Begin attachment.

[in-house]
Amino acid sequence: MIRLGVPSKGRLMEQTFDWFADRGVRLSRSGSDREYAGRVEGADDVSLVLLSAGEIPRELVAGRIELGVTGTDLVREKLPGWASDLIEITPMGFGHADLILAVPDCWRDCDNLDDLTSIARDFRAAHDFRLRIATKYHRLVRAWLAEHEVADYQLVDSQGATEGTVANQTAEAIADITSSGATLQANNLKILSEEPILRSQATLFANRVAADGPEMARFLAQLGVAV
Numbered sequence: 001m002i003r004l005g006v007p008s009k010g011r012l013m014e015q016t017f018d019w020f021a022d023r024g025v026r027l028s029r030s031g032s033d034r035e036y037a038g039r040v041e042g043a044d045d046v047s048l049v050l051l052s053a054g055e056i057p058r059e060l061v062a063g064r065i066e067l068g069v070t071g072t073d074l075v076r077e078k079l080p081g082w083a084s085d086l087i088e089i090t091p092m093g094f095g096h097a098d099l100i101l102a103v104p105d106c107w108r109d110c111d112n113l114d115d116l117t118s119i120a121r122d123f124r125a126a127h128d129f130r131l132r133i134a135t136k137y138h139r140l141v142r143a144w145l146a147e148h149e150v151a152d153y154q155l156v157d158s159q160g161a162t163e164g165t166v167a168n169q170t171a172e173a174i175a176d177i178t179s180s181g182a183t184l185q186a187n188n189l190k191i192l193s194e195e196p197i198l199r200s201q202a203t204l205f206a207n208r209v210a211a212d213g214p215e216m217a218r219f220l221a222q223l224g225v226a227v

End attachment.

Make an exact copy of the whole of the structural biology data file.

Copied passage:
[in-house]
Amino acid sequence: MIRLGVPSKGRLMEQTFDWFADRGVRLSRSGSDREYAGRVEGADDVSLVLLSAGEIPRELVAGRIELGVTGTDLVREKLPGWASDLIEITPMGFGHADLILAVPDCWRDCDNLDDLTSIARDFRAAHDFRLRIATKYHRLVRAWLAEHEVADYQLVDSQGATEGTVANQTAEAIADITSSGATLQANNLKILSEEPILRSQATLFANRVAADGPEMARFLAQLGVAV
Numbered sequence: 001m002i003r004l005g006v007p008s009k010g011r012l013m014e015q016t017f018d019w020f021a022d023r024g025v026r027l028s029r030s031g032s033d034r035e036y037a038g039r040v041e042g043a044d045d046v047s048l049v050l051l052s053a054g055e056i057p058r059e060l061v062a063g064r065i066e067l068g069v070t071g072t073d074l075v076r077e078k079l080p081g082w083a084s085d086l087i088e089i090t091p092m093g094f095g096h097a098d099l100i101l102a103v104p105d106c107w108r109d110c111d112n113l114d115d116l117t118s119i120a121r122d123f124r125a126a127h128d129f130r131l132r133i134a135t136k137y138h139r140l141v142r143a144w145l146a147e148h149e150v151a152d153y154q155l156v157d158s159q160g161a162t163e164g165t166v167a168n169q170t171a172e173a174i175a176d177i178t179s180s181g182a183t184l185q186a187n188n189l190k191i192l193s194e195e196p197i198l199r200s201q202a203t204l205f206a207n208r209v210a211a212d213g214p215e216m217a218r219f220l221a222q223l224g225v226a227v